The pressure will suck the yolk up into the bottle, leaving the white behind on the dish. You can repeat this step with the remaining eggs. Then simply squeeze all the yolks out into a separate dish – voila!

If you get a bit of broken yolk in with your whites

Sometimes you might get a little bit of yolk in with the whites. This is one reason it can be great to deal with each egg individually – so you don’t run the risk of ruining an entire batch of whites.

However, there are also ways you can get rid of a little bit of yolk if needed. For example, you can use a bit of wet kitchen towel/cloth and the yolk should cling to it. Alternatively, using something like a pipette/baster/syringe, you may be able to simply suck the bit of yolk up.

Note that if even the tiniest bit of yolk gets into your whites when whipping up a meringue, it can affect the way they whip due to the fat content.

How To Use Them

Egg Yolks

Egg Whites

If you use one of these methods on how to separate egg whites and yolks, let me know what you thought in the comments. Also, feel free to tag me in your recipe recreations @AlphaFoodie!

How To Seperate Egg Whites and Yolks (2 methods!)

5 from 3 votes
By: Samira
Two simple methods for how to separate egg whites and yolks at home: one with a slotted spoon/spatula, and one with a plastic bottle. You'll never struggle to separate eggs again!
Prep Time: 5 minutes
Total Time: 5 minutes

Ingredients  

  • eggs

Instructions 

  • You can use a slotted spoon or spatula for this method, though a spoon is easier.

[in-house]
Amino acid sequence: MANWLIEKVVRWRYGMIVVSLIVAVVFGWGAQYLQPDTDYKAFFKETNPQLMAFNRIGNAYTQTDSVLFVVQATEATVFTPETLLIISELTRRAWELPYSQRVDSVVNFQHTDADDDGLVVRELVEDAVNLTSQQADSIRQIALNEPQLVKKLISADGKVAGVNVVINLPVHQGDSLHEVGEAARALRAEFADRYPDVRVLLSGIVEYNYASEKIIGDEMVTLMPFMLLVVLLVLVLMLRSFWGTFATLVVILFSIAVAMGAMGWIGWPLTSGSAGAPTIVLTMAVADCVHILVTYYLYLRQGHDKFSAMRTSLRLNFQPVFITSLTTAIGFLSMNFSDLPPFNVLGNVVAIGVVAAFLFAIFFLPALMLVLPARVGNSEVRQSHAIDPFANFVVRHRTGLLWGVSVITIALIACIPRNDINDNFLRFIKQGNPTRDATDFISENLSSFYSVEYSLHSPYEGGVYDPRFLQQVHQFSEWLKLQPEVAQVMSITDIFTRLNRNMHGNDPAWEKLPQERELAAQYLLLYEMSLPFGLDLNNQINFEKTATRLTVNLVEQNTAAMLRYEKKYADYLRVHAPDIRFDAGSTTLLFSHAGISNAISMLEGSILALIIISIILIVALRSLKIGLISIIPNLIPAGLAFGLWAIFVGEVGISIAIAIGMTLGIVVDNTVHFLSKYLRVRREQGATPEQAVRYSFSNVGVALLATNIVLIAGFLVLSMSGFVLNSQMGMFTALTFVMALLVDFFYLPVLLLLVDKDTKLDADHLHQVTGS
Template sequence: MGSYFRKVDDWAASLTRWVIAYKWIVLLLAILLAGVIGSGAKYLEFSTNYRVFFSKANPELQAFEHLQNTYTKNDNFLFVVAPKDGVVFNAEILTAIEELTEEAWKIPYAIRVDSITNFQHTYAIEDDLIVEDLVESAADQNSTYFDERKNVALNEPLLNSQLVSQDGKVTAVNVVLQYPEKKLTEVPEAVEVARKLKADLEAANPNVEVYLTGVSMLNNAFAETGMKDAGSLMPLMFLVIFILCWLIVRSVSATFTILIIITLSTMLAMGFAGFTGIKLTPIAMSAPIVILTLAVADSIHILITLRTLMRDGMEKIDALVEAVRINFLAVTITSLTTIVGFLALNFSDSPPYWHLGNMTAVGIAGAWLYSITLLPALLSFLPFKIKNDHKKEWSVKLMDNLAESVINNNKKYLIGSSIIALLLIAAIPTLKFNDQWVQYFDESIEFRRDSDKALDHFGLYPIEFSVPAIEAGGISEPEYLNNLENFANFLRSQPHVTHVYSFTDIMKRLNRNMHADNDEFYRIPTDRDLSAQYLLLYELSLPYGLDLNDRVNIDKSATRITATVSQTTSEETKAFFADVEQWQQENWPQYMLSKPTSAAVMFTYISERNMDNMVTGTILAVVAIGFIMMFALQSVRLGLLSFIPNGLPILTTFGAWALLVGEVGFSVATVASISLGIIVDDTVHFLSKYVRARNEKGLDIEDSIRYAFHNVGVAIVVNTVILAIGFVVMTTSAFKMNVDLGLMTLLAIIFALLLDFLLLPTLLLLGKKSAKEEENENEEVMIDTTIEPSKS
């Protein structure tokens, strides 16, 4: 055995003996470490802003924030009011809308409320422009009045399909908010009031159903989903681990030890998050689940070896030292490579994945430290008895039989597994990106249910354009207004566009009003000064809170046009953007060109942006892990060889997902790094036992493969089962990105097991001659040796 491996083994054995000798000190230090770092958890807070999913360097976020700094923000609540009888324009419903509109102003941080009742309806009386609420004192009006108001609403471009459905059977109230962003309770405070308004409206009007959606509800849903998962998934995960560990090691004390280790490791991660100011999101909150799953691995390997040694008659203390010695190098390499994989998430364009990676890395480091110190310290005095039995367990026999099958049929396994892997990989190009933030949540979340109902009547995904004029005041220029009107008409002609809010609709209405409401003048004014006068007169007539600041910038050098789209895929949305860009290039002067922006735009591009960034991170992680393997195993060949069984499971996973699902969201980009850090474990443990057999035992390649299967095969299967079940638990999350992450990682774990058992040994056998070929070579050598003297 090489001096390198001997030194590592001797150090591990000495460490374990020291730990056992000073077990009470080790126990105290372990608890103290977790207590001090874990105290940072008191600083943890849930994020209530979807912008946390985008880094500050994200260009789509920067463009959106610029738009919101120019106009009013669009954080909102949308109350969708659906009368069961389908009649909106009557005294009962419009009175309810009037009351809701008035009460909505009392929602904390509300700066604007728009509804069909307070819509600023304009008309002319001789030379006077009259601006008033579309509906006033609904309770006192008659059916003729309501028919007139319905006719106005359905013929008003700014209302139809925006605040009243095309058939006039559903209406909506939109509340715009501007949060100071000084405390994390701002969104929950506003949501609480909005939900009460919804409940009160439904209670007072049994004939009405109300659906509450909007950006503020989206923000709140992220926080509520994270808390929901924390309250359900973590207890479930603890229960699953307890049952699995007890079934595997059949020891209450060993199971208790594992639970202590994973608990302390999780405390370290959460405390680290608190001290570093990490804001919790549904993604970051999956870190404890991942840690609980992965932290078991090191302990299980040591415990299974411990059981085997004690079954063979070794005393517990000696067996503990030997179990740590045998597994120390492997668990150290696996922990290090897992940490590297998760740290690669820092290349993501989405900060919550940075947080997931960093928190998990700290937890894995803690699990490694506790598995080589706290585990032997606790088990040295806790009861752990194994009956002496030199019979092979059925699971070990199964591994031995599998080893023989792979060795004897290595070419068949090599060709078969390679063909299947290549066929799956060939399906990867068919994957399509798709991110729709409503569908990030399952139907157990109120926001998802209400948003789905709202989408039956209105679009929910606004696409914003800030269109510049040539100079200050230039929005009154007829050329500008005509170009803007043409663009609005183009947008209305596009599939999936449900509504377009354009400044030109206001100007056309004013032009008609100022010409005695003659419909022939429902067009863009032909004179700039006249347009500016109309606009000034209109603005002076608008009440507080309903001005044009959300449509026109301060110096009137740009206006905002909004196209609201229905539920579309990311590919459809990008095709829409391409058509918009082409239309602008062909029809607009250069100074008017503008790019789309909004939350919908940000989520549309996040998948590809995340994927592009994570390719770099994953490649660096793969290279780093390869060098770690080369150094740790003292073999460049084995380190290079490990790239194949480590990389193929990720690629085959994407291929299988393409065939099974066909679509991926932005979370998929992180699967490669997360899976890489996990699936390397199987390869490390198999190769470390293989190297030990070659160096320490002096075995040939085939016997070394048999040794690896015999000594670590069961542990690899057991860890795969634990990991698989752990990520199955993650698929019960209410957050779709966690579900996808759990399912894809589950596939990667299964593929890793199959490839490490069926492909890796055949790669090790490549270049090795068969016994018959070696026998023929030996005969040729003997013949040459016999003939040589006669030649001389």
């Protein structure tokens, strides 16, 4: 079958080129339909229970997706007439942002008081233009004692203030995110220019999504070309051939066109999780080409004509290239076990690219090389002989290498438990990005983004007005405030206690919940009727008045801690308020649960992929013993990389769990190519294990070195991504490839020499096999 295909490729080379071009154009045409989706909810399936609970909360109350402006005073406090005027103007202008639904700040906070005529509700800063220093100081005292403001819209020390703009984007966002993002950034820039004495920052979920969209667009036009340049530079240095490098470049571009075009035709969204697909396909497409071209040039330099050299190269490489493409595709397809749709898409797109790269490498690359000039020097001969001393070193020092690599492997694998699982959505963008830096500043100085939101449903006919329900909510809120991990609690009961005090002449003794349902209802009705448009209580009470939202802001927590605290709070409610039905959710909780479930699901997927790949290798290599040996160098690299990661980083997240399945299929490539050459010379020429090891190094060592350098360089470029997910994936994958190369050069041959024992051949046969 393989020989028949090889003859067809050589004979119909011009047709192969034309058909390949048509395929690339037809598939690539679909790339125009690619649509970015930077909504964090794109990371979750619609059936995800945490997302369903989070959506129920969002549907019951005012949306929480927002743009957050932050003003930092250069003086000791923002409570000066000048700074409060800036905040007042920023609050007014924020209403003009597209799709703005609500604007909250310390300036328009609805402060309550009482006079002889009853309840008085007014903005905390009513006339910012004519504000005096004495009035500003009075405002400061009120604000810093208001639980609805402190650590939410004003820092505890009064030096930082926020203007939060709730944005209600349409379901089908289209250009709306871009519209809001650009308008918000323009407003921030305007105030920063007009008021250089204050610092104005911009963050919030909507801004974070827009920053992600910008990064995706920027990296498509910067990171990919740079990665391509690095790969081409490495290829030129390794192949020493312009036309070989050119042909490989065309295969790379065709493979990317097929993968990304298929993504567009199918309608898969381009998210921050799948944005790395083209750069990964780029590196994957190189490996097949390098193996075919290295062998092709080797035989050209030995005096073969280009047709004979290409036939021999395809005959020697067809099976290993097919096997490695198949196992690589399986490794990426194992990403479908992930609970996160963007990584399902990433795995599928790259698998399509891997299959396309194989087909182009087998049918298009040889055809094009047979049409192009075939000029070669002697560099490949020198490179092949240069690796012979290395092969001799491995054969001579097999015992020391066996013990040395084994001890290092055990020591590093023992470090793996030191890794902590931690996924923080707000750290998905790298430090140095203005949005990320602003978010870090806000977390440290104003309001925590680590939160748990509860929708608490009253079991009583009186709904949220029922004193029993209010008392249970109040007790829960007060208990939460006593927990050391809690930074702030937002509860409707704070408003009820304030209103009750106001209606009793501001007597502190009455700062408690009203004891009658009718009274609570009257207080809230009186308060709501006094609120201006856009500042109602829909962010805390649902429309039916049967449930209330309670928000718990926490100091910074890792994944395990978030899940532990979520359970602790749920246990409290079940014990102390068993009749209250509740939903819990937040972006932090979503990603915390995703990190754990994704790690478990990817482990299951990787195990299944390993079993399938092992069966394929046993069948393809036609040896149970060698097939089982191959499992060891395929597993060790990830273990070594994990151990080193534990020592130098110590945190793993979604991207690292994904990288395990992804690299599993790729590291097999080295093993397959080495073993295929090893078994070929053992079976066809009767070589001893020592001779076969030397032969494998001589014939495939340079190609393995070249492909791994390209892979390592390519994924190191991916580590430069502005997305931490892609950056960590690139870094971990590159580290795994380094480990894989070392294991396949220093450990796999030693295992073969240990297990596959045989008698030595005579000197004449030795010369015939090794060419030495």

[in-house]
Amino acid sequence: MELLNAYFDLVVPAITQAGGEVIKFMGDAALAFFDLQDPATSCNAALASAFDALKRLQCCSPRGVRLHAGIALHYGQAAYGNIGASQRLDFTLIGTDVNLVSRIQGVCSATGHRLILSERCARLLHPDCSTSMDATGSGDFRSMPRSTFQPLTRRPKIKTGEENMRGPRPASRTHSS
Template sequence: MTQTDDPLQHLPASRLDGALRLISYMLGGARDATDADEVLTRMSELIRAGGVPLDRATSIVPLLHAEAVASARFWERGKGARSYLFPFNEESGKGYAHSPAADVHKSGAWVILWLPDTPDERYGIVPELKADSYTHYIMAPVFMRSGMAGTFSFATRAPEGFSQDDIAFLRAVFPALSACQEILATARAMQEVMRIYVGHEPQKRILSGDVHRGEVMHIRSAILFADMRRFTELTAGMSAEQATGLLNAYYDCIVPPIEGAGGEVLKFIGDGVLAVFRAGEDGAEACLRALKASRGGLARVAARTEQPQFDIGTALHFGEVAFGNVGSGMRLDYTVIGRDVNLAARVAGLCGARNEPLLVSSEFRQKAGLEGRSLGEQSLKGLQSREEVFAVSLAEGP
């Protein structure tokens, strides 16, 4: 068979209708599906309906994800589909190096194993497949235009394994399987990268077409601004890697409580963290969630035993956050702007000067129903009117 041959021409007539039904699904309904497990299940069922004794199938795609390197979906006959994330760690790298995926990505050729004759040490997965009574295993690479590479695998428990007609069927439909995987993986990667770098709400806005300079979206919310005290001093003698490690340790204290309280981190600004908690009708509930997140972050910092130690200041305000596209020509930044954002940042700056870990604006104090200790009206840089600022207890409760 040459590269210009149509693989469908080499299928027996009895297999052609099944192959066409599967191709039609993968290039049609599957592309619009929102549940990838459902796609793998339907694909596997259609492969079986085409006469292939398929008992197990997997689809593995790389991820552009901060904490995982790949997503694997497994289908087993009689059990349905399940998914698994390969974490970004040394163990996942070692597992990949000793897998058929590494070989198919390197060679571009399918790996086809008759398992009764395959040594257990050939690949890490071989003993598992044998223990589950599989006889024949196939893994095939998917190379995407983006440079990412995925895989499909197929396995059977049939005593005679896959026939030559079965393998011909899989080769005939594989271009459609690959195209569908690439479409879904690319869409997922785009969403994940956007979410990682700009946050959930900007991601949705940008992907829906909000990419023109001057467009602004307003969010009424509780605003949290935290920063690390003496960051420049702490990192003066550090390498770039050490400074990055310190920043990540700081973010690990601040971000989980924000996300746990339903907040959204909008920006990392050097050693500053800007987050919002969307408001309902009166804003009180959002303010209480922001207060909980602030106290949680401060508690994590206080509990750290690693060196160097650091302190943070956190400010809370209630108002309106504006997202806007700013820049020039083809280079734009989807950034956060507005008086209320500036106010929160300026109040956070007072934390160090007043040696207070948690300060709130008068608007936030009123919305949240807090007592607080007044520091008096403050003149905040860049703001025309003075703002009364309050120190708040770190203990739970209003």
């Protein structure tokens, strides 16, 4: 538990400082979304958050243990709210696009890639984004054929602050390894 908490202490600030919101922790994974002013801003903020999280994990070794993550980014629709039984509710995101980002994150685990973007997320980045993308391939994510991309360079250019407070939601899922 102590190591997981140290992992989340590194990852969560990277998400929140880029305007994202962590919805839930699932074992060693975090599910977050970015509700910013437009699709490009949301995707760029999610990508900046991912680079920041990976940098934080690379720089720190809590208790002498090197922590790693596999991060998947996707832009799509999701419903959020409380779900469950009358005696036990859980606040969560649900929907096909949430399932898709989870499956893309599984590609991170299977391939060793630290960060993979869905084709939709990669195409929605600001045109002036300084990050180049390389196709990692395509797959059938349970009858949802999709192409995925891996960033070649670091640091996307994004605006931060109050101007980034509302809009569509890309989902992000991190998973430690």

• Depending on what type of slotted tool you're using, you may be able to rest it over the bowl so you can use both hands to crack the egg open.
    Alternatively, hold the tool over a bowl and use one hand to crack the egg open against the side of the bowl. Hold the egg over the spatula/spoon and drop it onto/in it.
  • Shake the spoon/spatula gently sie to side. The egg white drips into the bowl, meanwhile the yolk stays above- which you can then easily transfer the yolk to a separate bowl.

Bonus Method 2: The Bottle

  • For this method, you can simply crack all of the eggs you need to separate into a wide bowl/ dish. Then using a clean small bottle (like a water bottle), gently squeeze the bottle, hold it over a yolk, and release your hold on the bottle.
    The pressure will suck the yolk up into the bottle, leaving the white behind on the dish, You can repeat this step with the remaining eggs and then simply squeeze all the yolks out into a separate dish – voila!**

Notes

Note* You can also use a spaghetti spoon as long as the hole isn’t too big for the yolk to fall through. A skimmer may also work but it would take longer for the egg white to drop through, so I wouldn’t recommend it.
** It may be best to do this with one egg at a time though – just in case a yolk breaks. That way you don’t run the risk of ruining an entire batch of egg whites. 

If you get some yolk in with the whites: You can use a bit of wet kitchen towel/cloth and the yolk should cling to it. Alternatively, using something like a pipette/baster/syringe, you may be able to simply suck the bit of yolk up.
Note – that if even the tiniest bit of yolk gets into your whites when whipping up a meringue, it can affect the way they whip due to the fat content.
Course: DIYs